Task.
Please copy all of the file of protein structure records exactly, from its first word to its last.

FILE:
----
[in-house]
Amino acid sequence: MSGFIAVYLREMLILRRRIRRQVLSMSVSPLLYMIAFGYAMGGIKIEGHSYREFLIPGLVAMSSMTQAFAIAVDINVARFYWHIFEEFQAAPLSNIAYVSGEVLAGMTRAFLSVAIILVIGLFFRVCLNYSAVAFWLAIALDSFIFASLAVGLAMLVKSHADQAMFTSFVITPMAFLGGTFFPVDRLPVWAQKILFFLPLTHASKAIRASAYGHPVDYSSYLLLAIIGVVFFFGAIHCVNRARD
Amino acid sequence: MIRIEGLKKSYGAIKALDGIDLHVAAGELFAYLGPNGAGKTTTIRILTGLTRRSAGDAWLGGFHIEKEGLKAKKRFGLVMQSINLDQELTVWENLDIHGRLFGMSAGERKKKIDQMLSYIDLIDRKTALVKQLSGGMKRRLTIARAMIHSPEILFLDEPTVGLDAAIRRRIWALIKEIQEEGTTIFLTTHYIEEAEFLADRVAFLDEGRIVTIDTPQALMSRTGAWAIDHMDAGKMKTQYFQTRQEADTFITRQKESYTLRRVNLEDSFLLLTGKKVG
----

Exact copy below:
[in-house]
Amino acid sequence: MSGFIAVYLREMLILRRRIRRQVLSMSVSPLLYMIAFGYAMGGIKIEGHSYREFLIPGLVAMSSMTQAFAIAVDINVARFYWHIFEEFQAAPLSNIAYVSGEVLAGMTRAFLSVAIILVIGLFFRVCLNYSAVAFWLAIALDSFIFASLAVGLAMLVKSHADQAMFTSFVITPMAFLGGTFFPVDRLPVWAQKILFFLPLTHASKAIRASAYGHPVDYSSYLLLAIIGVVFFFGAIHCVNRARD
Amino acid sequence: MIRIEGLKKSYGAIKALDGIDLHVAAGELFAYLGPNGAGKTTTIRILTGLTRRSAGDAWLGGFHIEKEGLKAKKRFGLVMQSINLDQELTVWENLDIHGRLFGMSAGERKKKIDQMLSYIDLIDRKTALVKQLSGGMKRRLTIARAMIHSPEILFLDEPTVGLDAAIRRRIWALIKEIQEEGTTIFLTTHYIEEAEFLADRVAFLDEGRIVTIDTPQALMSRTGAWAIDHMDAGKMKTQYFQTRQEADTFITRQKESYTLRRVNLEDSFLLLTGKKVG